Kill Bill meets Buffy in this supernatural samurai tale Rileigh Martin would love to believe that adrenaline gave her the uncanny courage and strength to fend off three muggers. But it doesn't explain her dreams of fifteenth century Japan, the incredible fighting skills she suddenly possesses, or the strange voice giving her battle tips and danger warnings. While worrying that she's going crazy (always a reputation ruiner), Rileigh gets a visit from Kim, a handsome martial arts instructor, who tells Rileigh she's harboring the spirit of a five-hundred-year-old samurai warrior.Relentlessly attacked by ninjas, Rileigh has no choice but to master the katana--a deadly Japanese sword that's also the key to her past. As the spirit grows stronger and her feelings for Kim intensify, Rileigh is torn between continuing as the girl she's always been and embracing the warrior inside her.
Buffy AND Kill Bill? Those are two of my favorites. Katana had a lot to live up to, and I'm happy to say that it does.
It starts with a toaster and goes on from there. Rileigh Martin is the kind of character you want to root for. She's spunky and real, but put in these unreal situations. Her normal life suddenly becomes anything but, and she finds herself fighting simply to stay alive. Much like Buffy when it first came out, I think people might be inclined to dismiss Rileigh because she's not a philosophy spouting teen straight out of a John Green book, but they'd be foolish to do so because the character Cole has created is something really special.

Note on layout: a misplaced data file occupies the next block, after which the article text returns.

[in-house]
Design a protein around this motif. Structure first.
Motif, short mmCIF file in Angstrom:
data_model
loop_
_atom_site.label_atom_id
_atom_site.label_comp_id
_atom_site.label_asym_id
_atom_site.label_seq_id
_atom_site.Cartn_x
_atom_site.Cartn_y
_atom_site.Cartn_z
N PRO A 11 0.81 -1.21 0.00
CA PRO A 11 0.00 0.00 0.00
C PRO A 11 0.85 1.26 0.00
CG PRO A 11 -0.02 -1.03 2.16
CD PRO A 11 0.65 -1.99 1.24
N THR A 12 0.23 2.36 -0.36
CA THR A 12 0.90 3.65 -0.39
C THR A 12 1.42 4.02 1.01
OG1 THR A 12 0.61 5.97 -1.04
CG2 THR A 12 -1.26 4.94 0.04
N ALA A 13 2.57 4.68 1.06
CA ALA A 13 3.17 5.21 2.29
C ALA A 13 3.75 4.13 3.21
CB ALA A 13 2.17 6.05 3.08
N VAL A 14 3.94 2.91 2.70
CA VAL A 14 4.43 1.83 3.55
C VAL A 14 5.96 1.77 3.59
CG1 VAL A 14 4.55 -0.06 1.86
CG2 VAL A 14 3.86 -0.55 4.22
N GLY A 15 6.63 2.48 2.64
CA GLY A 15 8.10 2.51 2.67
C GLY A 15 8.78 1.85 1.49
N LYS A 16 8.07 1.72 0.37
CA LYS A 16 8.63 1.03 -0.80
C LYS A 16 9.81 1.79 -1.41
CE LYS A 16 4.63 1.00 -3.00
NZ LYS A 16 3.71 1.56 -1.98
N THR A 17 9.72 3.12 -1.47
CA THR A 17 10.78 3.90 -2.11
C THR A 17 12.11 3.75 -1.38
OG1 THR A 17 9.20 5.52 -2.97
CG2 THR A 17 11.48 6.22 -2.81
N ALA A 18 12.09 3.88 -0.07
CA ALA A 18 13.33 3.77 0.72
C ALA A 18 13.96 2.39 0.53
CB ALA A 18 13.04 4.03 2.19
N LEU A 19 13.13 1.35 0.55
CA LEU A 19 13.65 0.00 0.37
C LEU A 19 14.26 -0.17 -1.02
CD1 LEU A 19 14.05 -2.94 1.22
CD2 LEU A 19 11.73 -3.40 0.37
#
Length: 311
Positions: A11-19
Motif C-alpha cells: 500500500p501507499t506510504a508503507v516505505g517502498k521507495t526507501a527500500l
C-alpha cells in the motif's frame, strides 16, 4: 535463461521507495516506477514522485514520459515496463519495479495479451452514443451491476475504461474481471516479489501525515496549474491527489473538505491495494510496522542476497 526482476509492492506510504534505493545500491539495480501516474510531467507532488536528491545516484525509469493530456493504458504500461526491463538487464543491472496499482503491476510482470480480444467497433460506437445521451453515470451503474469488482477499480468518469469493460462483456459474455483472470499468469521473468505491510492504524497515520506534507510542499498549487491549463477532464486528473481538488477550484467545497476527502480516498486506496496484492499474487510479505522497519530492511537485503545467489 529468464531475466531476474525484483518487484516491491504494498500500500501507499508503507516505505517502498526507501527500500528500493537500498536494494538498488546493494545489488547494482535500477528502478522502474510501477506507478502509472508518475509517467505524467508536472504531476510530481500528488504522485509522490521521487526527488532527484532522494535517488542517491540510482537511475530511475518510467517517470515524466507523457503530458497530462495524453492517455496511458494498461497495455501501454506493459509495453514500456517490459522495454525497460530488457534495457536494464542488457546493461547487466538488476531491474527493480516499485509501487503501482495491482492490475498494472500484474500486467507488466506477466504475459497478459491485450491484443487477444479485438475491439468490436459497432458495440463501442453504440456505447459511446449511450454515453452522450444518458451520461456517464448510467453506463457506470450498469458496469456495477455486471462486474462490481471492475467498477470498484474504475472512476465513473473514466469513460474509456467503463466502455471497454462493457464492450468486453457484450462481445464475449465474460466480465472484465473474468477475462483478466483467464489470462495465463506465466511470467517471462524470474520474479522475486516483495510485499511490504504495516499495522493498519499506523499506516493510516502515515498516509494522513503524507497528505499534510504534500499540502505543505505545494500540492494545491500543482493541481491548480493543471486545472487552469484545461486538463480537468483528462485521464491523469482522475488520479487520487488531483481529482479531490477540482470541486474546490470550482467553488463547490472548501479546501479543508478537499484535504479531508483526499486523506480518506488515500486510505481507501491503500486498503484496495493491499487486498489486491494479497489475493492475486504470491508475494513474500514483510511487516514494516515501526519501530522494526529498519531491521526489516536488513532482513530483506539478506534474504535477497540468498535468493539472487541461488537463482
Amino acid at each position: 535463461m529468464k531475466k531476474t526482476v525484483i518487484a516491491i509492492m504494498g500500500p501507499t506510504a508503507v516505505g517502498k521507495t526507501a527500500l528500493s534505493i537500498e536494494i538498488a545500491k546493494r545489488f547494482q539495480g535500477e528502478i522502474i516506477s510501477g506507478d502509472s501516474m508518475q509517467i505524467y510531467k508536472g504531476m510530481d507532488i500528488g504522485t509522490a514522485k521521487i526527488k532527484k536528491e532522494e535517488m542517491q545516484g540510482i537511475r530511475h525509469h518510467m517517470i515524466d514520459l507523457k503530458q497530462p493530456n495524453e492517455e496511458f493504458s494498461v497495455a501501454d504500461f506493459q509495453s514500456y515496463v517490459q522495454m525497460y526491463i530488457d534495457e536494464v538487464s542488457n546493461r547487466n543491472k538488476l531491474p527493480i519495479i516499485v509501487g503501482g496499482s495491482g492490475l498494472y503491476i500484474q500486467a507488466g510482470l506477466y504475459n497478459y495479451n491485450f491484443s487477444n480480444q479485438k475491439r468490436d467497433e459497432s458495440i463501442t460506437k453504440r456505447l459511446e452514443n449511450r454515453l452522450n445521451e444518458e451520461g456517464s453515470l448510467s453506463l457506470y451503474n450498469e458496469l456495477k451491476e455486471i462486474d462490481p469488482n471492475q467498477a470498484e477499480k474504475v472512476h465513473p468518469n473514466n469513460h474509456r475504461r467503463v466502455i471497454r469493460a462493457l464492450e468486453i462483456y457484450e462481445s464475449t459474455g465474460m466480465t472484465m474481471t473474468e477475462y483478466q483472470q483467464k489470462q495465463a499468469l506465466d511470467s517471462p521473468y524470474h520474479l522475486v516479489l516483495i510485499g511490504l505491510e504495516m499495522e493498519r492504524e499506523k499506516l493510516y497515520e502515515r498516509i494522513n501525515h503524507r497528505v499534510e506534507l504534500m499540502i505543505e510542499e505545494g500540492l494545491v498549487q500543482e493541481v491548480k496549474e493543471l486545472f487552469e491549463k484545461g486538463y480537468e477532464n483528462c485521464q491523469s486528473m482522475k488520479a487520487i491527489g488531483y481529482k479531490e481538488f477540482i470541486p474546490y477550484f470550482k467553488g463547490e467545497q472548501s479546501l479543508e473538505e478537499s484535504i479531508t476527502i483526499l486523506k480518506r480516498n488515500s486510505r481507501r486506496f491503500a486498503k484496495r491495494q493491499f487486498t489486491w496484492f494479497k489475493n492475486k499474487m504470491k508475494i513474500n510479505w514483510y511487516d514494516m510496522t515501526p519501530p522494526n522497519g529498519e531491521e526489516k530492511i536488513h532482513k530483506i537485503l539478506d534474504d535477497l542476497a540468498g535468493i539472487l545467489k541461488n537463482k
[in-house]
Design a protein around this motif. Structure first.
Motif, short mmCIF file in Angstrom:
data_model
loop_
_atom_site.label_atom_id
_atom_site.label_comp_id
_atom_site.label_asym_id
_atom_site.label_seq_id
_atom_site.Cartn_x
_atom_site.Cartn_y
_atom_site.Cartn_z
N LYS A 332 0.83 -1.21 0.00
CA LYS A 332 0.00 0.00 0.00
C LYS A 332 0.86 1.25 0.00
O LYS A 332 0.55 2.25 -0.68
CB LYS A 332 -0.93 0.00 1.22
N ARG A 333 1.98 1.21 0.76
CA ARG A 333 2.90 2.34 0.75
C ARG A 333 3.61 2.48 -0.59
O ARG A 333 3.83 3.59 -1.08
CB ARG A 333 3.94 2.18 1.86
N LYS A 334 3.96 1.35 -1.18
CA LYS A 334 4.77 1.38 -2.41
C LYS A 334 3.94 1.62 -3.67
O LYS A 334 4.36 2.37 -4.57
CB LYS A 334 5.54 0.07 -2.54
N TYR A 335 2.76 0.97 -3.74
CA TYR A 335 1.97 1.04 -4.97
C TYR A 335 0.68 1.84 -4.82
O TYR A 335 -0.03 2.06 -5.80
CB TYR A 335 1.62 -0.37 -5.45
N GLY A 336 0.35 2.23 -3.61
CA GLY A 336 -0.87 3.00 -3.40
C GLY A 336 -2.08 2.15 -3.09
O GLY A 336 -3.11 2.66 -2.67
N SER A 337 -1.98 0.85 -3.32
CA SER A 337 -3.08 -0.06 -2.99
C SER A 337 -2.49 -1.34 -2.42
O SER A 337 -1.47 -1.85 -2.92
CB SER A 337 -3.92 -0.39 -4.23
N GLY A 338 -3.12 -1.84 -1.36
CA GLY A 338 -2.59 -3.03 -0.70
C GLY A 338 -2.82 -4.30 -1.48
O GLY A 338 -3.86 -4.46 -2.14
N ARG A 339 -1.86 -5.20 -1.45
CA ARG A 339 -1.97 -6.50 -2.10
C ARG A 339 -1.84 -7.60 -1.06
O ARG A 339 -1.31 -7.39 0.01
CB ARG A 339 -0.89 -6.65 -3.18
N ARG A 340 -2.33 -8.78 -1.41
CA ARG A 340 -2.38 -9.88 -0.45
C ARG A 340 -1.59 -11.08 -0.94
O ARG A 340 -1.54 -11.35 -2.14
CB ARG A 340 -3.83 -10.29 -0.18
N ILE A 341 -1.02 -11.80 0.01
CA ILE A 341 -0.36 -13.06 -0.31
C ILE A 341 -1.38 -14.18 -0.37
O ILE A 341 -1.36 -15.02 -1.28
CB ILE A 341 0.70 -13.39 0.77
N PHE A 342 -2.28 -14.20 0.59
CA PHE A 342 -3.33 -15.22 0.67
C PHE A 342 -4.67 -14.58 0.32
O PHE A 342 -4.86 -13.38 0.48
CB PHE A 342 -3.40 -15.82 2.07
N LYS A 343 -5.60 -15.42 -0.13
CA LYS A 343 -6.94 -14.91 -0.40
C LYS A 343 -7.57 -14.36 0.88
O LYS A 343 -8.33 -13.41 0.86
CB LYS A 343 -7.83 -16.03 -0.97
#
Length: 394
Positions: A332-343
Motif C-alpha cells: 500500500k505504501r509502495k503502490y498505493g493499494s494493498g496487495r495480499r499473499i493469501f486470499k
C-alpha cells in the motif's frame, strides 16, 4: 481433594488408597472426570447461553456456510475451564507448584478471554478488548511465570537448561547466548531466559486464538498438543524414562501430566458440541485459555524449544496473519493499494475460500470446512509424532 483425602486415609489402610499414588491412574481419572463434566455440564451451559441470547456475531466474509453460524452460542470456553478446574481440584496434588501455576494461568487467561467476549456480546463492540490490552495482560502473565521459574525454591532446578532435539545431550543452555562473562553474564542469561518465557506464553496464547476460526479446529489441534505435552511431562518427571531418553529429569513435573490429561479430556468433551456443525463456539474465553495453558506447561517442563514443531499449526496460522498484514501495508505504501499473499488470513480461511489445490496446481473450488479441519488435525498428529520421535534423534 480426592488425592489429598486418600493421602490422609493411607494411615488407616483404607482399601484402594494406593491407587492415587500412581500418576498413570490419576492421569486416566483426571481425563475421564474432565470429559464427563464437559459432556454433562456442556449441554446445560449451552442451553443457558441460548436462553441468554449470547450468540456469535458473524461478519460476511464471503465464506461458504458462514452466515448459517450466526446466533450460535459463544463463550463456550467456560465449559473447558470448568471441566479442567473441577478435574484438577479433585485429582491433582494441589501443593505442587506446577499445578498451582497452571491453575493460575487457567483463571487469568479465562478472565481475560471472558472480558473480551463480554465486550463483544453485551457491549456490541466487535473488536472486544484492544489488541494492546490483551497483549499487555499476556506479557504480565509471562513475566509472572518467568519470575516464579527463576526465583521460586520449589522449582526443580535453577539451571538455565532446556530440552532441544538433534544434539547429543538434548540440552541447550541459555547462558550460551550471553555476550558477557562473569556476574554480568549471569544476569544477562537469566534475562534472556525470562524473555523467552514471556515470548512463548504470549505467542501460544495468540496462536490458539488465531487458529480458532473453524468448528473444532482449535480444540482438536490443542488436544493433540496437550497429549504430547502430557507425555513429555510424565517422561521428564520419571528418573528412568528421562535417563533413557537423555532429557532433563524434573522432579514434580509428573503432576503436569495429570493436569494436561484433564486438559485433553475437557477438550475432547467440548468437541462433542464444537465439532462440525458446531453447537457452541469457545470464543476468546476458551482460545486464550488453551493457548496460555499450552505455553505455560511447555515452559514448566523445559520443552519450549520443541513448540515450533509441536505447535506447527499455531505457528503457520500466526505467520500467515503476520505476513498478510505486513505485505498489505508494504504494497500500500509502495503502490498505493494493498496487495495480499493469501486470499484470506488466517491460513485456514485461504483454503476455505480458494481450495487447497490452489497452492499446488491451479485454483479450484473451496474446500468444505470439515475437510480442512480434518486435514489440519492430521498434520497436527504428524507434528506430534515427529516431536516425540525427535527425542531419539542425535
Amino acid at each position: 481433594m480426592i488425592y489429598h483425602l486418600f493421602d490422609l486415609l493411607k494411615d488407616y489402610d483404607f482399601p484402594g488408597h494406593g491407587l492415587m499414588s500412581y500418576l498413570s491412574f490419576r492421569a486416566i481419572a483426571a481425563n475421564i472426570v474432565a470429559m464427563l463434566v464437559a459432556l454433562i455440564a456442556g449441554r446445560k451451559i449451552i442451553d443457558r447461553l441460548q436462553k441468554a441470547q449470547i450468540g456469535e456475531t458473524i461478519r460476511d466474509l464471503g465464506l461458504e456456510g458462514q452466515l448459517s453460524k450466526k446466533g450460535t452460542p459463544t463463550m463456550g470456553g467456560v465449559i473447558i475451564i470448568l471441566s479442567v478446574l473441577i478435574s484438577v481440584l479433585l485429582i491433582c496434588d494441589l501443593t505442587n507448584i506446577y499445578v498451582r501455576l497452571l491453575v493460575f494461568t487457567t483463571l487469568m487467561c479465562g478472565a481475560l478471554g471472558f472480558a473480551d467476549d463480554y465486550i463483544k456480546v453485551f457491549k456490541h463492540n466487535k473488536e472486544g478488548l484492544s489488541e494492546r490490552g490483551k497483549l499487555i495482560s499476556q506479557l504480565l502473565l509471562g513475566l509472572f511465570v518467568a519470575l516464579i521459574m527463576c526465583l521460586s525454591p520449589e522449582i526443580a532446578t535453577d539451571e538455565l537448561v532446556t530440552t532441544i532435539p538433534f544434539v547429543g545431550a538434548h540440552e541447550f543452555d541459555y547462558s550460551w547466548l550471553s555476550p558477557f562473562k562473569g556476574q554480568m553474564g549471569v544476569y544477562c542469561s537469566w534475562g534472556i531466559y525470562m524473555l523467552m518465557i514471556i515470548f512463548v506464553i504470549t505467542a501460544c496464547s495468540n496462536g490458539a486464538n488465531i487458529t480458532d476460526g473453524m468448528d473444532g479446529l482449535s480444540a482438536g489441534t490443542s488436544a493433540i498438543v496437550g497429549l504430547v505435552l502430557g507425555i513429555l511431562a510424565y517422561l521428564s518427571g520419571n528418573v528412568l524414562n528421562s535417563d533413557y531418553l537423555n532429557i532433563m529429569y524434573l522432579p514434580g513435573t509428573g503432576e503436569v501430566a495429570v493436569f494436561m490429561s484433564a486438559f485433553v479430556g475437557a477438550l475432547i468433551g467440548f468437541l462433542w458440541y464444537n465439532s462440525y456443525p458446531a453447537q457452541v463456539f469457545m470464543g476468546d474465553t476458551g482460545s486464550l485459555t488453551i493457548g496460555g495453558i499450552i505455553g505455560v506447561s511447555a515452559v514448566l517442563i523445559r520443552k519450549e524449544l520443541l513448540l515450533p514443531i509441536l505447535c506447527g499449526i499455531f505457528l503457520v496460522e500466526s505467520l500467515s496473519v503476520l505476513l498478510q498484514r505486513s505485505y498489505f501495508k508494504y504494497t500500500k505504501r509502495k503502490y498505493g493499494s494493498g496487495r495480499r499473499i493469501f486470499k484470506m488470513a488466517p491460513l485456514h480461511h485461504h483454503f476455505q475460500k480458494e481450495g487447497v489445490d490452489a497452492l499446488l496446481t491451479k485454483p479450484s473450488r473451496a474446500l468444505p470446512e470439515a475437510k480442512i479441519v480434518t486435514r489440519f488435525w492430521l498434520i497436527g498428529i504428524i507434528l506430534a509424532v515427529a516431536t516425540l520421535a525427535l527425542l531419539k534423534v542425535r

And then there's Kim. Her love interest. I'm not usually a fan of books with such blatant romantic elements, but Cole handles this deftly, managing to make it all so believable and beautiful. The fantastic thing about Cole's writing is that she manages to be snarky and witty and funny and lyrical in the same book, weaving all these disparate elements together.
The one thing a lot of books get wrong are the fight scenes. Characters throw punches that could never, not in a million years, connect, but Cole's fight scenes are well thought out, masterfully choreographed, and I know for a fact that she actually ran through some of them before putting them in her book just to be sure she got the details correct. And it shows.
Katana is a one-of-a-kind book. Funny without being silly, romantic without being saccharin, action-packed without being shallow. Rileigh Martin will win your heart and you'll root for until the last page, cursing the heavens that you have to wait until 2013 for the sequel.
This book is a must buy!
Come back Wednesday for my interview with Cole. I promise not to wear the mask this time.